Here Comes Private Equity!
Appears in Print as: 'Here Comes Private Equity!'
The forecasted effects of electrification, autonomy and connectedness are being hastened upon automotive companies.
With the economy in tumult and the industry in disarray, the forecasted effects of electrification, autonomy and connectedness are being hastened upon automotive companies. Amidst the chaos that has been the COVID-19 shutdowns, companies are making moves toward resurfacing and getting back to work, but most face a steep challenge even just returning to the “status quo” they’ve been used to. Many mid-market companies lack the resources they need in order to make strategic shifts that will keep them competitive; as a result, we’ll see an increasing number of private equity acquisitions in the near future.
Before the onset of COVID-19, the automotive industry was already experiencing a strain. Companies that have enjoyed relative stability for the last several decades are at the beginning of an incredibly steep drop in demand for their product; this is in part due to tightening global restrictions on emissions and shifting consumer attitudes. However, the biggest impetus for these drops can be pinned on the rapidly advancing technologies used in new vehicles, such as electronic propulsion and autonomous systems.
The New Way of Building Cars
Battery electric vehicles, to put it simply, are built in a fundamentally different way than vehicles with traditional internal combustion engines. For example, the electric powertrain and infotainment modules inside a Chevy Bolt EV represent 56% of the OEM’s purchased vehicle’s content. Furthermore, this same electric powertrain has a paltry 24 moving parts in comparison with the standard 149 of an internal combustion engine. It’s estimated that by 2030, all new vehicles will be composed of up to 40% software.
To sum it up, new electric vehicles require far less from suppliers than traditional ones do. This is going to severely impact three areas of the industry; the first is forging companies. As the automotive industry starts to shift from the internal combustion engine (ICE) to electric powertrains, they can expect to see an 80-90% reduction in vehicle content. Metal castings companies, along the same vein, are set to see a 70% reduction in vehicle content. Finally, when the traditional internal combustion engine goes away, so does about 30% of the demand on plastic resin (unless new applications are developed to offset the decline).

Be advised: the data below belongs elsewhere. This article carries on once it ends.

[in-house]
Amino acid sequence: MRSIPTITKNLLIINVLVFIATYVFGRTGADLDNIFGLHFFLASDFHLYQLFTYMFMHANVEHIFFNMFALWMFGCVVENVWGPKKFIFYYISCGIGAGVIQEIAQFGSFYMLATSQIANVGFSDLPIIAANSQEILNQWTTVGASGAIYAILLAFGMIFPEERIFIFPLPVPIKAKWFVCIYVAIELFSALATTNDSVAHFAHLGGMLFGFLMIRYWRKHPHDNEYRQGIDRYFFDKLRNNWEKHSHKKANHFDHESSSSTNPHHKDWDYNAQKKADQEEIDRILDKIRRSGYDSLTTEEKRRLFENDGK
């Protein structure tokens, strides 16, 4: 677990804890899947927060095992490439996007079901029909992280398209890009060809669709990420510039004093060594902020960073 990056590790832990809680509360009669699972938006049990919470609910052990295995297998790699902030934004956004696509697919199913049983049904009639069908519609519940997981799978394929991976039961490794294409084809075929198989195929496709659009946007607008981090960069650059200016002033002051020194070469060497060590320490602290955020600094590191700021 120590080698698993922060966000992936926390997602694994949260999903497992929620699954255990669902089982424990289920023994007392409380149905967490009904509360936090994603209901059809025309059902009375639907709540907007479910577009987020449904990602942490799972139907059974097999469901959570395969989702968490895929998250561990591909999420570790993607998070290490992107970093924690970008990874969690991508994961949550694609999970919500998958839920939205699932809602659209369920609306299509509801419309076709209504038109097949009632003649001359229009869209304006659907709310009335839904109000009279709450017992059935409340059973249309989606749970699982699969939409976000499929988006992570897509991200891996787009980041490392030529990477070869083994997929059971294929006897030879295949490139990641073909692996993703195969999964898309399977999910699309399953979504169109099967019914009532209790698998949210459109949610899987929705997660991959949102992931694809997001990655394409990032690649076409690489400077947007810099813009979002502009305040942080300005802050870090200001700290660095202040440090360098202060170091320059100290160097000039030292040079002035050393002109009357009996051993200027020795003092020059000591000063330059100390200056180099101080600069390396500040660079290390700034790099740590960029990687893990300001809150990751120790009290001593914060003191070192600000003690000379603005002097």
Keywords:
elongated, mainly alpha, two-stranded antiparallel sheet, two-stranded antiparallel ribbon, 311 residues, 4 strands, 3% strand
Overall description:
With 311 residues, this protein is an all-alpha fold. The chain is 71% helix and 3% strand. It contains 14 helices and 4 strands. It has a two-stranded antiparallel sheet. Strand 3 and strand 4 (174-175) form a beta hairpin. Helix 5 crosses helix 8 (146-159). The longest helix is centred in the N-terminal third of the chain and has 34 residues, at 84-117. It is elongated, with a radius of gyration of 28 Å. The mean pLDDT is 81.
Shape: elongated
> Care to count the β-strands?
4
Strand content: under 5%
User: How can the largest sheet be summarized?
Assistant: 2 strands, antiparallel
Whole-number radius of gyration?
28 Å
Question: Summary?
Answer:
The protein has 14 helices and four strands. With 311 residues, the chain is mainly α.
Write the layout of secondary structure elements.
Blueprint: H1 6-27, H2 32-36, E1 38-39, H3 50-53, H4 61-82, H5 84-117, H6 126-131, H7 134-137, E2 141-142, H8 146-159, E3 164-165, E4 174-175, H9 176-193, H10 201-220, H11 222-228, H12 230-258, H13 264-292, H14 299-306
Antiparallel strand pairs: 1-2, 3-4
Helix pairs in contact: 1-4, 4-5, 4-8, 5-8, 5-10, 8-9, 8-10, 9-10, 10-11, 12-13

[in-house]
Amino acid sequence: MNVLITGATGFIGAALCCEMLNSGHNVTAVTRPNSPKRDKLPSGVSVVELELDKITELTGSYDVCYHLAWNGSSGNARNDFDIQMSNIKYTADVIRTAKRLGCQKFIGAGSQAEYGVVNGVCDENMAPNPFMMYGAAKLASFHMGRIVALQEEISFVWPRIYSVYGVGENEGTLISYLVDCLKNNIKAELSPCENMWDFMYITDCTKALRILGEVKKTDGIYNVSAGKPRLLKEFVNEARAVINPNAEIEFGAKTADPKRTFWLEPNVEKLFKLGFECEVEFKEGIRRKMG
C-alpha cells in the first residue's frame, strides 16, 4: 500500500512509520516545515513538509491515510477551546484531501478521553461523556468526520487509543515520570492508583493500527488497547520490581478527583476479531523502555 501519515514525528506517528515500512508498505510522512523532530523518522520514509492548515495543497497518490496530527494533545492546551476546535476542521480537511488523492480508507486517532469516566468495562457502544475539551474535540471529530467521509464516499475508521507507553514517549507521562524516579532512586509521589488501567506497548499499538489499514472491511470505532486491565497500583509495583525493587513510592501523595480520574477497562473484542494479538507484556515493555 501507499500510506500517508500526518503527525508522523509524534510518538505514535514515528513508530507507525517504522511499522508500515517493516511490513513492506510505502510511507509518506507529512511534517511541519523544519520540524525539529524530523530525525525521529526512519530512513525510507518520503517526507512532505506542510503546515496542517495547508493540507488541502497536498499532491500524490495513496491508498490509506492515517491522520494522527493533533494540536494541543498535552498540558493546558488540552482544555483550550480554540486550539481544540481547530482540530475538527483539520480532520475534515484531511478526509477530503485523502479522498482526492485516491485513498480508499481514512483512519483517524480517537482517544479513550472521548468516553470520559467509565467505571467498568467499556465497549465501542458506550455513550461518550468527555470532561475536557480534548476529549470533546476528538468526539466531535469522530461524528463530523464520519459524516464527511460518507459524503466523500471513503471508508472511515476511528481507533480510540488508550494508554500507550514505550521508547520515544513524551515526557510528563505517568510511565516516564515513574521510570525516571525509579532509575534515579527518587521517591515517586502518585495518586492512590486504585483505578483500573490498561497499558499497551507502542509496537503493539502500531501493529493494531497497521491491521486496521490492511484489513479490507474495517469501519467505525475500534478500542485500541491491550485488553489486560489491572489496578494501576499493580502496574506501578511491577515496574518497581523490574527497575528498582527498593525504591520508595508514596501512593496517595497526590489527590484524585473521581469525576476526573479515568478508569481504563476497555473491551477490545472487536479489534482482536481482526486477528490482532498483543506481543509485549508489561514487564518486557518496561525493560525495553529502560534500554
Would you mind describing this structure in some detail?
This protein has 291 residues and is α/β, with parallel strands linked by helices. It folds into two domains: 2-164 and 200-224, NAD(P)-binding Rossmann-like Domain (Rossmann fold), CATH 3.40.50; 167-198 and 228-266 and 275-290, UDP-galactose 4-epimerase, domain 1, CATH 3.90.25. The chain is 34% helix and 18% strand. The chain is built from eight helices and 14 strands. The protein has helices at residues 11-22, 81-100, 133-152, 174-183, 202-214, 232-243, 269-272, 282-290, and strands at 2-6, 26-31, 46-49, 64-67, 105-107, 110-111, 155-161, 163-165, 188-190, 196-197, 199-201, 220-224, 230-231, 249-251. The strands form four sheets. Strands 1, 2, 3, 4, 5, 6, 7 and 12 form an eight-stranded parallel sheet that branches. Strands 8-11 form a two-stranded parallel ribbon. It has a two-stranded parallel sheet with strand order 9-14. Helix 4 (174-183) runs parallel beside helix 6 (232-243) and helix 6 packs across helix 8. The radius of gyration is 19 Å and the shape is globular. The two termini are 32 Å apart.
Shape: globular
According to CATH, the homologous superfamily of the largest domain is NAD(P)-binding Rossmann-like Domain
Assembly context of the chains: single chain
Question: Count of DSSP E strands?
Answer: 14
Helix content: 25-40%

The most vulnerable stampers, casters and injection molders in these three areas are mid-market companies. This lessening demand and the devastation wrought by COVID-19 make them extremely resource-constrained. Pandemic shut-downs forced most, if not all, of these mid-market companies to bleed cash and draw on credit revolvers; by the time they’re able to ramp up production once again, they’ll have limited resources to invest in diversification, transformation or consolidation. Whatever cash they do have will be wrapped up in recovery, and even if they have some extra on the side, they are likely lacking the risk tolerance required to make the strategic shifts necessary going forward.
Options for Moving Forward
These companies face steep odds. Their options for moving forward are extremely limited; between exiting, diversifying, transforming or consolidating, the option with the least risk for these companies could be the one that takes them out of the industry altogether. As entities that are already running a deficit on cash and management capability, the other three options represent highly uncertain outcomes.
Private equities have the cash and the talent required to transform or consolidate like companies into strong players in the future automotive landscape.
This is where private equity firms come in. Private equities have the cash and the talent required to transform or consolidate like companies into strong players in the future automotive landscape. Companies currently in a position where they’re running low on cash and other resources need to seriously consider what a private equity firm could do for them, especially if they want to stay in the industry and win.
Private equity firms represent stability, opportunity, and, above all, a lifeline for any mid-market company that comes to terms with the fact that the industry is undergoing fundamental and irreversible shifts. The simple truth is that very few (if any) businesses in this market range are impervious to the industry changes, and no one who wants to stay in the game can do so by changing nothing. Any companies in a position where their options and resources are dwindling should consider whether an investment by private equity firms might be their best chance at regaining a competitive edge.
In-car video shows that the backup pilot of an Uber Technologies self-driving car was not watching the road just before the vehicle struck and killed a pedestrian last Sunday night.
This is the 3E. A design by the renowned automotive designer Camilo Pardo, the man behind many striking designs, including the ‘05/’06 production Ford GT.